Can We Know How Voters Truly View Climate Change?

Image: Markus Spiske/Pexels

by Natasha Lasky, ODP Contributing Writer,  and Miro Korenha

A recent poll conducted by Quinnipac University of voter priorities in the 2020 election found that climate change ranked next-to-last. These results arrive hot on the heels of another poll the university released earlier this month, which showed that voters in Maine, South Carolina, and Kentucky ranked climate change as one of the least important problems afflicting the US.

However this data counters another notable Pew Research Center poll this summer that showed two-thirds of voters wanted more federal action to combat climate change and viewed a warming planet as a growing risk for their lives. 

What’s Behind This Incongruity? It’s difficult to understand how much of a priority climate change has become for the American electorate as many people accept climate science on the whole, but are fuzzy on the details

Not all pollsters ask questions that get at the heart of what it is that Americans worry (or don’t worry about) when asked about the climate crisis. Only 43% of Americans believe that climate change will harm them personally, thus if they don’t perceive it to be an imminent threat, they’re unlikely to tell a pollster the climate crisis is their top voting priority. 

Perhaps the broader lesson from these conflicting polls is that climate change as an overall issue is too nebulous for the American public. We know that Americans support the concepts behind the Green New Deal and that they favor (and are evening willing to pay for!) more renewable energy. Thus they should be asked about how highly they rank a transition to clean energy future as well as the job growth that comes with the prospect.

A Growing Concern: We know that images from this summer’s hurricanes and colossal wildfires helped bring climate change to the forefront of the political conversation. A recent PBS/NPR/Marist poll shows that these disasters have caused Democrats to view climate change with more urgency than even the COVID-19 pandemic.   Moreover, this week’s poll from Berkeley’s Institute of Governmental Studies suggested that 70% of California voters from both parties believe that climate change is a factor in making the wildfires on the West Coast more severe. These statistics seem to suggest that as the effects of climate change become more pronounced and localized, voters develop a more refined frame of reference for understanding how politics can better mitigate these threats.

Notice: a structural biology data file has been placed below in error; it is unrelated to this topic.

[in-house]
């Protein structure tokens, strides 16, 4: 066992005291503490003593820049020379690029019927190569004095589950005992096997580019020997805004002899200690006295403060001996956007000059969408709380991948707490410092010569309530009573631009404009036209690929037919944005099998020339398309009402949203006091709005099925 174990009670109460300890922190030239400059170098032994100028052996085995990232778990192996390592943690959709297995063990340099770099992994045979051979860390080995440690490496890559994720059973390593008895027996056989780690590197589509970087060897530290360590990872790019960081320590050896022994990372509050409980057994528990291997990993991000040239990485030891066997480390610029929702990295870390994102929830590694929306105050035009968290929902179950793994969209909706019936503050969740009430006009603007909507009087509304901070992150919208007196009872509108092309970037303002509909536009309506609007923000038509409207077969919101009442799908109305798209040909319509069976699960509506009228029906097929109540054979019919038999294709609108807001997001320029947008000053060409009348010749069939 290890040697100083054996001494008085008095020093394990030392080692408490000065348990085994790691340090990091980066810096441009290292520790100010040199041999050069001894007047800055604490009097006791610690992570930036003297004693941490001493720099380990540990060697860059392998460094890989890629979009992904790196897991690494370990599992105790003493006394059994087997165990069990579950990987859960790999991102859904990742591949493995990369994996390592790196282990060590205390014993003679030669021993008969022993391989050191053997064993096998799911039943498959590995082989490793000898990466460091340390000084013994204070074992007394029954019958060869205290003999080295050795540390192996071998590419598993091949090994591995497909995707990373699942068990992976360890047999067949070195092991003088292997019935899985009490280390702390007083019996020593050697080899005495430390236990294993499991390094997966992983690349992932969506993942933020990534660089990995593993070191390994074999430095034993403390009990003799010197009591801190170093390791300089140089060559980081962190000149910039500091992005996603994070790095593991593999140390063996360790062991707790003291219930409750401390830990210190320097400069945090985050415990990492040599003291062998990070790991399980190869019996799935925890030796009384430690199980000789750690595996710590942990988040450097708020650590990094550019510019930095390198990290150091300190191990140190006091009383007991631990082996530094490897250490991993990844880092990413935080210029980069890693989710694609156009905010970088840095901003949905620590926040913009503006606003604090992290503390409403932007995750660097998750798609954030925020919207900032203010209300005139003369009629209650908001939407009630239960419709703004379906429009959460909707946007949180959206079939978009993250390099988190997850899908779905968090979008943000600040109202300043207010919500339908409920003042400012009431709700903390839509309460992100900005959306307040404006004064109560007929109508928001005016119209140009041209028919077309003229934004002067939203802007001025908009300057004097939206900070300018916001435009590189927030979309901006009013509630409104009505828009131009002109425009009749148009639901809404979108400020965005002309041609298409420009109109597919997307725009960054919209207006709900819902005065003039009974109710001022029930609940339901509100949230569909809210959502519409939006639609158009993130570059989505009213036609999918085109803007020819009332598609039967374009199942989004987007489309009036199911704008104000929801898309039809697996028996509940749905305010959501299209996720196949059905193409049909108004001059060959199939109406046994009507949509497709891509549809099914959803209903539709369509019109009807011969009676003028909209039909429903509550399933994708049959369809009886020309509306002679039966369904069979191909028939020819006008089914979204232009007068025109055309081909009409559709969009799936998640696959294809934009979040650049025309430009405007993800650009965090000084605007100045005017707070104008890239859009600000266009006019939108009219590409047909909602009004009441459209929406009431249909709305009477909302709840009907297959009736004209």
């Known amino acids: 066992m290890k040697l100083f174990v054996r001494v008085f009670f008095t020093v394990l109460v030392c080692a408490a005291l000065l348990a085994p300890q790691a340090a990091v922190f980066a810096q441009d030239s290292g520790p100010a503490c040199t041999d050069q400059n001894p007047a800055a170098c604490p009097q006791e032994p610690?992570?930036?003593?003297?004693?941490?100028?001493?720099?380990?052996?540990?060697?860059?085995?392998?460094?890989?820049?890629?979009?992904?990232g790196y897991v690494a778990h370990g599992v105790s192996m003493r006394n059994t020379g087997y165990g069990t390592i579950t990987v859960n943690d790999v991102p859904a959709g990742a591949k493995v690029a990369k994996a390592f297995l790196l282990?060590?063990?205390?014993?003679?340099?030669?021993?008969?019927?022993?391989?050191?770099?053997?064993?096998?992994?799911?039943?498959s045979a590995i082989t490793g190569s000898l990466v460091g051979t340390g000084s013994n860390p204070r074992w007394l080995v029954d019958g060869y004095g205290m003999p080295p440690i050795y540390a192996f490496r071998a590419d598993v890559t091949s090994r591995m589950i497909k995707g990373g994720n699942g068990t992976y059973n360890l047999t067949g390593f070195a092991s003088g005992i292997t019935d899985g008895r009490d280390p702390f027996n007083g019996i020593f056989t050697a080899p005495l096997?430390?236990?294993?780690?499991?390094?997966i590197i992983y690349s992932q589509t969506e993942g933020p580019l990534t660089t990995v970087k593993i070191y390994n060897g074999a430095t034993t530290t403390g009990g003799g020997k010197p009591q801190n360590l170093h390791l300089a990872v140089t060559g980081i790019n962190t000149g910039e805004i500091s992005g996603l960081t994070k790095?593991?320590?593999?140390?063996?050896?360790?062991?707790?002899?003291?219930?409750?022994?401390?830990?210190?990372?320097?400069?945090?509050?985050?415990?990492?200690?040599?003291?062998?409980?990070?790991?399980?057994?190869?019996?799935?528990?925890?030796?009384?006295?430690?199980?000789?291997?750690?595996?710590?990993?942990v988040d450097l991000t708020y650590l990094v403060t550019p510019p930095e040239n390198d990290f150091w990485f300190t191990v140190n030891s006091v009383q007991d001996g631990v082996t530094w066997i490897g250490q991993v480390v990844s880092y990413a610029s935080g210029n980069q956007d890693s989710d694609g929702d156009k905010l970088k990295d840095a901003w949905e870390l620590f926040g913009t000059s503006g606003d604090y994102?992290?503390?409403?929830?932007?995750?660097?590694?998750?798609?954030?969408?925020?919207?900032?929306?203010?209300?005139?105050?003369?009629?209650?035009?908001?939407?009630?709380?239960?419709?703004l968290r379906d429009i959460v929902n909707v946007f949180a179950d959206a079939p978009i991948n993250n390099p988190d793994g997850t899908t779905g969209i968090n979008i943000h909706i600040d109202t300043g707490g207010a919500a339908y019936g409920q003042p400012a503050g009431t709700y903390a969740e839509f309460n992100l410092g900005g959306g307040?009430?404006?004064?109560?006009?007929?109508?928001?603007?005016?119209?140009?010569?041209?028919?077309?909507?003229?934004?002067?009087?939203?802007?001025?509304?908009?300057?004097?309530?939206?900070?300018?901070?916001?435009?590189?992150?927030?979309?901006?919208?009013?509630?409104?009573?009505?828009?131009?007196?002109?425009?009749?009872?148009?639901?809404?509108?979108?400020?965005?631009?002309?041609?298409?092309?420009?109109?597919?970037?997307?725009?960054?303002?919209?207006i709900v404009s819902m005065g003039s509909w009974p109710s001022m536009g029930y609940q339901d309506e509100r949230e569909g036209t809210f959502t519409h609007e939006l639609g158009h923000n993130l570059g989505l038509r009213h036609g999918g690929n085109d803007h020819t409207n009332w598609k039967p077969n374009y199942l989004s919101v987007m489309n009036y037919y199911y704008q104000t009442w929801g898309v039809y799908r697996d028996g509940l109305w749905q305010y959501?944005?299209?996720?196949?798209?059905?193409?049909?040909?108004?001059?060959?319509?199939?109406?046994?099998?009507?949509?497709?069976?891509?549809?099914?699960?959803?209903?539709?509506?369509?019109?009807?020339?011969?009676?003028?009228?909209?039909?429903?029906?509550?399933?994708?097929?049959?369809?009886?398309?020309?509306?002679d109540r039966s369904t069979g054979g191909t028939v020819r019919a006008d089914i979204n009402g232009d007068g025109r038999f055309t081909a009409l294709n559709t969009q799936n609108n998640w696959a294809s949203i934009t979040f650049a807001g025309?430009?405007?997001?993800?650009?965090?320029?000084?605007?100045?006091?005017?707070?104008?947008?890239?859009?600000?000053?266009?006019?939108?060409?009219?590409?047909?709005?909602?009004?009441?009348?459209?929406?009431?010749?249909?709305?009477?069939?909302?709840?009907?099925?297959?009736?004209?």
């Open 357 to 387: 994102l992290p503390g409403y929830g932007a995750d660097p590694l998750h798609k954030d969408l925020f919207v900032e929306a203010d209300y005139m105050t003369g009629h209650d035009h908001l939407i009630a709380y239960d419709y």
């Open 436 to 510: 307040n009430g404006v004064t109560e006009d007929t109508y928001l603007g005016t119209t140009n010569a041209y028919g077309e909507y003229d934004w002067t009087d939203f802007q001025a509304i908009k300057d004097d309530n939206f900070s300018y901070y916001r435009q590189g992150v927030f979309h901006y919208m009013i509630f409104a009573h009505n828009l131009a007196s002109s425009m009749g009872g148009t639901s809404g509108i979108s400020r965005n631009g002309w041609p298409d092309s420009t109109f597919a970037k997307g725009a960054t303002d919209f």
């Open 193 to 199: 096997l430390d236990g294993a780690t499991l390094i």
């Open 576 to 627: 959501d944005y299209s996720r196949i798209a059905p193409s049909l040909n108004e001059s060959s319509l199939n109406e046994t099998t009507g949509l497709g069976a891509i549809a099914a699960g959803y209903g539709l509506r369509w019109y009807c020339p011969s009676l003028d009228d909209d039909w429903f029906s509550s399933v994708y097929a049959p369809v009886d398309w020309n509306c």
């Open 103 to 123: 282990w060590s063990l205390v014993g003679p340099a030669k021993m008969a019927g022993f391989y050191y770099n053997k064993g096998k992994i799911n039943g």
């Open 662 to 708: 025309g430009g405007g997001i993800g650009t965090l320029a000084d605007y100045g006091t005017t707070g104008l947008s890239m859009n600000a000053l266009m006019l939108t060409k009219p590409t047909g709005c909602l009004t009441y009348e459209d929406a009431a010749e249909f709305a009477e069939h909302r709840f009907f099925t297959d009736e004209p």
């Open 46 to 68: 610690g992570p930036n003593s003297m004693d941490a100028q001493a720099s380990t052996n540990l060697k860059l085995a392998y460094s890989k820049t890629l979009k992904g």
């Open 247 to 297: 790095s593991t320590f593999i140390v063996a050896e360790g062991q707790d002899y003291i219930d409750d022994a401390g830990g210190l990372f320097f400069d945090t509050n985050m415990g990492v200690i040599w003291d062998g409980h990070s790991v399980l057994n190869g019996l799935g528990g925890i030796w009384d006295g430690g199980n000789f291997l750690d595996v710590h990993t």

This year has seen numerous crises escalate simultaneously, from racial injustice to coronavirus and mass unemployment, each crisis affects each voter very differently. 

Yet while most voters believe that climate change is an important issue, alone, it may not push most voters towards any particular candidates in the presidential or senate elections. However, as we wrote yesterday, climate change is Donald Trump’s weakest issue and Joe Biden would be wise to better highlight the aspects of his climate plan that put Americans back to work and forge a safer future. 

But, but but: While climate change may not be the top priority for all voters as a whole, it could affect the voting patterns of three demographics: younger voters, young Latinx voters, and center-right women voters. 

According to CIRCLE, climate change is the top concern among young voters, just above racism and healthcare, and for Latinx youth, climate change is among the top three.

A Pew Research poll found that Republican women tend to be more critical about the government’s relative inaction on climate change, and more supportive of policies that aim to reduce the effects of climate change than men in their party. Another Pew poll released in August showed that 69% of suburban voters said climate change would be at least somewhat important in determining their vote. We can already see this from Biden’s speech last week, dedicated to addressing the effects of the West Coast wildfires on suburban communities — which directly appealed to the suburban demographic that proved so integral for Trump’s 2016 victory. 

While the presidential candidates have mostly refrained from discussing climate change outright, these results suggest that candidates can use climate issues to influence the votes of key demographics.


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